Helen Kirrane, Communications Executive, AIC

In today's Money Talks, Headlinemoney Awards 2022 nominee Helen Kirrane discusses her work surrounding the collapse of Woodford Investment Management and the lessons she learned, and reveals her excitement at attending in-person events.

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Communications Executive, the Association of Investment Companies (AIC).

The main areas that I cover are:

Investment companies and VCTs.

What was your reaction to making the shortlist?

Very excited! I have been in the industry for just under a year, but I have really enjoyed learning all about investment companies and connecting with the journalists writing pieces about our industry. I went to my first Headlinemoney awards last September, which was also my first ever industry event and remember feeling quite in awe of everyone who was shortlisted. So it was a pleasant surprise to be shortlisted myself!

From your work so far, if you had to pick the campaign you are most proud of, what would it be, and why?

I was most proud to be involved in our research into the 2019 collapse of Woodford Investment Management and suspension of Woodford Equity Income. Our research aimed to look into why and how the collapse occurred, the impact on investors and financial advisers and the lessons that can be learnt from the disaster.

To me, one of the most important things about this research was its focus on the human impact of the collapse and its effect on investors. Not only were the financial effects devastating, but also the emotional impact – with investors citing that they were left feeling shocked, helpless and angry by the collapse. We also highlighted how this affected investors over the long term, some sadly lost their pensions as a result.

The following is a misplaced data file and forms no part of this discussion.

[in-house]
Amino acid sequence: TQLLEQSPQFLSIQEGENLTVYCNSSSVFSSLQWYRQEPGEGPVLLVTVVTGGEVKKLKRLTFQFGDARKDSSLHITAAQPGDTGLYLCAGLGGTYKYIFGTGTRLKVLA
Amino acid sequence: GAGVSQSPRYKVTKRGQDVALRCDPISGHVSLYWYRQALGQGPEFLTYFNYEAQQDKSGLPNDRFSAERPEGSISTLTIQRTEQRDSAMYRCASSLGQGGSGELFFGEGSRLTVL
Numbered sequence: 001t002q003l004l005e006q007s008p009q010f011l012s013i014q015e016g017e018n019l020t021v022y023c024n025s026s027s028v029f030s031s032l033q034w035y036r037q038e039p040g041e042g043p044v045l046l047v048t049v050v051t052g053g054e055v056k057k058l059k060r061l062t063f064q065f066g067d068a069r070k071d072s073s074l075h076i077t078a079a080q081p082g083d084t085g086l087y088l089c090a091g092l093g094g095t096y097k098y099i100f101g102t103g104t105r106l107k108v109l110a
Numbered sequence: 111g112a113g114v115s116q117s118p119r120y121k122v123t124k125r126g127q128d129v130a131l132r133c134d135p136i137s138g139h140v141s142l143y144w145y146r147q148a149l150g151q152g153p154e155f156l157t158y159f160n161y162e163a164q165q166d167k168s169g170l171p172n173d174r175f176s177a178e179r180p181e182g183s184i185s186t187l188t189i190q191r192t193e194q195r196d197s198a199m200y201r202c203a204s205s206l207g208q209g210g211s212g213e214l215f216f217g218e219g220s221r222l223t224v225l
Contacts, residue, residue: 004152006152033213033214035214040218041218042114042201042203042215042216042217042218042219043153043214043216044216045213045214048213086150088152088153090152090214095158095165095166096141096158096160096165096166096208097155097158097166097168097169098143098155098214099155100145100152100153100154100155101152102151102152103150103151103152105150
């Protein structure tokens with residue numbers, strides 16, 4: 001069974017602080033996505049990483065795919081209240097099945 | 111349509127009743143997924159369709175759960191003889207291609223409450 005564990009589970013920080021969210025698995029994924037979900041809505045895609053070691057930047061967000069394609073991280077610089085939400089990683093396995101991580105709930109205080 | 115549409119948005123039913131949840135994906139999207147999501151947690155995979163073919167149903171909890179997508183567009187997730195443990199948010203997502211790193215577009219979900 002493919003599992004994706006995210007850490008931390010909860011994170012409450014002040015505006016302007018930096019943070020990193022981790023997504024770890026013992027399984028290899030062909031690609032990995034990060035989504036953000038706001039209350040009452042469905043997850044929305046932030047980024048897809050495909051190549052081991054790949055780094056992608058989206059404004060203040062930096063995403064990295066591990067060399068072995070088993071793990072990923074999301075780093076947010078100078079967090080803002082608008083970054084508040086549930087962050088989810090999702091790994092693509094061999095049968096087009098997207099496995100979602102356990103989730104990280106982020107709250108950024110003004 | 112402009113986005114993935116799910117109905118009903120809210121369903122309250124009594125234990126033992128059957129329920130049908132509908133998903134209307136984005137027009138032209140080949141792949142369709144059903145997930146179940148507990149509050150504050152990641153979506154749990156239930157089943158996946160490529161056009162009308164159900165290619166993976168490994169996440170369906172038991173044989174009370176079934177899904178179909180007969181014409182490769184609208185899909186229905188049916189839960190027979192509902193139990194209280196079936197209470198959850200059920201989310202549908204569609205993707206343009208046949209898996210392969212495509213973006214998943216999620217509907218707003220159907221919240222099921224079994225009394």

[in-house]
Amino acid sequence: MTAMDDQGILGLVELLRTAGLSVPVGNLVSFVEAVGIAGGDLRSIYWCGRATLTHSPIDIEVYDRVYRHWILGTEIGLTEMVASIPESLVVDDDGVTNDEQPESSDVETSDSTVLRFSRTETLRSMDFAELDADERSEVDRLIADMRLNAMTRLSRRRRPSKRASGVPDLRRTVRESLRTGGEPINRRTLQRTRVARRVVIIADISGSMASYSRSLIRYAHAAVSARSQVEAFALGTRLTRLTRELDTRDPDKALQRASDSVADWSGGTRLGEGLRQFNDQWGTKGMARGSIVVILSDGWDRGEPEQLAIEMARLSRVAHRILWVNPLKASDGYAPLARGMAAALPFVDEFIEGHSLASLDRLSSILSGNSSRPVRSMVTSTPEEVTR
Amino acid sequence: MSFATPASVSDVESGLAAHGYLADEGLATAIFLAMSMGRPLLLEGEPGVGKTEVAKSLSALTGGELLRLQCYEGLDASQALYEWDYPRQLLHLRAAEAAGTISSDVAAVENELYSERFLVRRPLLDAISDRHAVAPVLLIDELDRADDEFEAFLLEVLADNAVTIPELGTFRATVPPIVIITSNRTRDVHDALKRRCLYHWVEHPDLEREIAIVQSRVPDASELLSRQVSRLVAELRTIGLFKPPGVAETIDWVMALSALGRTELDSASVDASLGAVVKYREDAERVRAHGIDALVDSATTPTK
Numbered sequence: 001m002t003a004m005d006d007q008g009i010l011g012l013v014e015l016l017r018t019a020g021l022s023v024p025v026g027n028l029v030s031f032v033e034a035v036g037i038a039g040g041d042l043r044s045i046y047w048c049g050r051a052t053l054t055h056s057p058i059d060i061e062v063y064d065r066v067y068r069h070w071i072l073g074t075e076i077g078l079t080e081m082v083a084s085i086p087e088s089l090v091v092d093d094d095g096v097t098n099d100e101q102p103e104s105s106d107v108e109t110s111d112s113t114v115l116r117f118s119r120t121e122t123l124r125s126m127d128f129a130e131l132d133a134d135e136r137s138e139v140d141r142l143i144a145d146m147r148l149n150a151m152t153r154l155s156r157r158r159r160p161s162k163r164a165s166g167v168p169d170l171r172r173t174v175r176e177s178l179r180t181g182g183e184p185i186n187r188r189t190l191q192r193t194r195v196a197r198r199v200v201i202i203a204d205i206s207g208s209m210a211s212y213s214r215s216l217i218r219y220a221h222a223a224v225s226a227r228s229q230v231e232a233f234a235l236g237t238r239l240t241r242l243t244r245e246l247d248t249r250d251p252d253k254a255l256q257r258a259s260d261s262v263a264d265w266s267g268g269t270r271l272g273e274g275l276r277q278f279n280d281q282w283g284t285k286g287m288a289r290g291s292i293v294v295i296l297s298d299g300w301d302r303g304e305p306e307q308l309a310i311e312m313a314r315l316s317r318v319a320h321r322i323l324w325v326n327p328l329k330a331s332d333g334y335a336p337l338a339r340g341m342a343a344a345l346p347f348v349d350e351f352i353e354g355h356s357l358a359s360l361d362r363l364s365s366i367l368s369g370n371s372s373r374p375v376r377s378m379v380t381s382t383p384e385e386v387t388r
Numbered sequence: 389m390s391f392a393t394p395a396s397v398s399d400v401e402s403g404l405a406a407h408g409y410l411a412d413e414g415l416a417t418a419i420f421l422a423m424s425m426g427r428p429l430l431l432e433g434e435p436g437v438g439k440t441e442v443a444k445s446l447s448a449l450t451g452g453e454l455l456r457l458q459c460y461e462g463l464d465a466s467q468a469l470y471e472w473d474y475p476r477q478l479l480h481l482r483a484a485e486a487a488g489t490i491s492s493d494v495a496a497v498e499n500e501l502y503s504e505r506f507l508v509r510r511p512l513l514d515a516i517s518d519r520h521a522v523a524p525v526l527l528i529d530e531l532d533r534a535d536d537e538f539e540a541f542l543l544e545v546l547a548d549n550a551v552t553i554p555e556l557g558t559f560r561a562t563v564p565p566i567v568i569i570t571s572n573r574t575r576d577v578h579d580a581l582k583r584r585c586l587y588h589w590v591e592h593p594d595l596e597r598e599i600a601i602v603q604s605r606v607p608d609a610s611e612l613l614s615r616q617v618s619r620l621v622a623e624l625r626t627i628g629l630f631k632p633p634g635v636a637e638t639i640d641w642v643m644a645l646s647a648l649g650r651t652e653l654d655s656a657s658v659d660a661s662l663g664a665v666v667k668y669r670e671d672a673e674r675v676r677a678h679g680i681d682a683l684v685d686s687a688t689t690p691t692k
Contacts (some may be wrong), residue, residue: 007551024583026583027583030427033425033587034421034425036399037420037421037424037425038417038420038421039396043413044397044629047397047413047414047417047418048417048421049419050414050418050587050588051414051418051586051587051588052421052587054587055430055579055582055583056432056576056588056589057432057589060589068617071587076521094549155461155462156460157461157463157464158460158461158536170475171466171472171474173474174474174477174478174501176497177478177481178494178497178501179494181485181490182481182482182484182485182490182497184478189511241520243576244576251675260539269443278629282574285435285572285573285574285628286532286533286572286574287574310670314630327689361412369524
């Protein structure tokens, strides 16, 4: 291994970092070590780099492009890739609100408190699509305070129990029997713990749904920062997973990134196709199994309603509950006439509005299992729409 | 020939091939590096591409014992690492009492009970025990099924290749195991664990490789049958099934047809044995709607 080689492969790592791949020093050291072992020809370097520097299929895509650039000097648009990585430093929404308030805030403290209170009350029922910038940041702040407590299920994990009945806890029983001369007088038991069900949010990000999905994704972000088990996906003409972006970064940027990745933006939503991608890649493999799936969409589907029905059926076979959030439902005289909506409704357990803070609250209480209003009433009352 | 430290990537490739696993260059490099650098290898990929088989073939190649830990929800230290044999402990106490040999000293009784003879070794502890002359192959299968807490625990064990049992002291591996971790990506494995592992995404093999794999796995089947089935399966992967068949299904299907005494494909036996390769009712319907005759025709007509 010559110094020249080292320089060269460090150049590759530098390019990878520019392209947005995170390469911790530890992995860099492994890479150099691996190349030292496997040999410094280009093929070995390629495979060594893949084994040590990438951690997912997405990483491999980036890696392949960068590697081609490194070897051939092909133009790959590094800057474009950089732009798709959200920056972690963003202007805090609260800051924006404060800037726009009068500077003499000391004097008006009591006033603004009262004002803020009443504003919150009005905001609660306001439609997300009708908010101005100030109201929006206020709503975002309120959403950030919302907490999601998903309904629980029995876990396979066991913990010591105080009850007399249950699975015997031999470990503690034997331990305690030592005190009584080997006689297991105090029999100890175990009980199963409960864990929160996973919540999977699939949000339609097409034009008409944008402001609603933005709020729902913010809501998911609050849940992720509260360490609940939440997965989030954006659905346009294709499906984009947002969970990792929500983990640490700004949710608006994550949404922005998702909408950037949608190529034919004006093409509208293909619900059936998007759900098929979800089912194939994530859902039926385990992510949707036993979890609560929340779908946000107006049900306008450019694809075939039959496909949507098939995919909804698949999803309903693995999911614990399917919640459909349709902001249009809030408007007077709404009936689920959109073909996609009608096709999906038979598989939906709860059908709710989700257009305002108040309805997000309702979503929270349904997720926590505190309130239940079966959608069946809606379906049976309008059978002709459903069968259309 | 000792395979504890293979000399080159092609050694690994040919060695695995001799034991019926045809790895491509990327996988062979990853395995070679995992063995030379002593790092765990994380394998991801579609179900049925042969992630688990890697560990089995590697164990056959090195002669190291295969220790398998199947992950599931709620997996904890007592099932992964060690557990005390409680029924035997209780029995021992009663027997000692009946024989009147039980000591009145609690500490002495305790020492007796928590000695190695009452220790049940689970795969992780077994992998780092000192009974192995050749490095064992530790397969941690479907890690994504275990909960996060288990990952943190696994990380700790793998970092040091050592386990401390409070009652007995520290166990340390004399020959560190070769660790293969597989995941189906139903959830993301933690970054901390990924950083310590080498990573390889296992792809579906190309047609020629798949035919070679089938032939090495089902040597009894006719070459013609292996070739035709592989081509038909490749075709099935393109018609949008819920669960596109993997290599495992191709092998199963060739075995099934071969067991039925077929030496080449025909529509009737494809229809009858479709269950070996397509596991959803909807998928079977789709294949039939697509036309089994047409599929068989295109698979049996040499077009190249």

The research brought many considerations into focus, but the emphasis on what lessons we can learn to ensure investors don’t get burned again by a similar collapse of an open-ended fund was important to me. We cast light on what can happen when illiquid assets are put into funds with an unsuitable structure for them, which could lead to suspensions and investors facing serious financial and emotional consequences.

What made you become a financial PR?

I love meeting new people and I thought financial PR sounded exciting – there’s always a newsworthy story from IPOs to big management group changes. It’s a fast-moving industry with lots of interesting people, which I liked the idea of. I also saw it as an opportunity to learn about something new and investing felt tangible to me. From helping to fund the green revolution through renewable energy infrastructure companies to VCTs which finance innovations in healthcare and technology, you can see the impact of your investment. I was excited by the idea of helping to communicate this, especially at the AIC where we aim to educate and inform investors on the benefits of closed-ended investment companies.

2021 was a difficult year for everyone, but what were the challenges you faced, as a relatively new ‘rising star’ financial PR?:

I’ve come to understand that so much of financial PR is about getting out and meeting everyone – journalists, brokers, analysts, fund managers – the list goes on. When I joined the AIC this was really difficult as there were no in-person events, so not many opportunities to meet anyone. It was pretty hard to foster relationships with new people exclusively through email and Zoom, especially as a complete newbie. But now I’m really looking forward to meeting more people and going to more fun events!

Finally, if you were up for an award for any hobbies/activities outside of work, what would you be likely to win?

“Most likely to bring lunch to work and not eat it in favour of nearby food market”!


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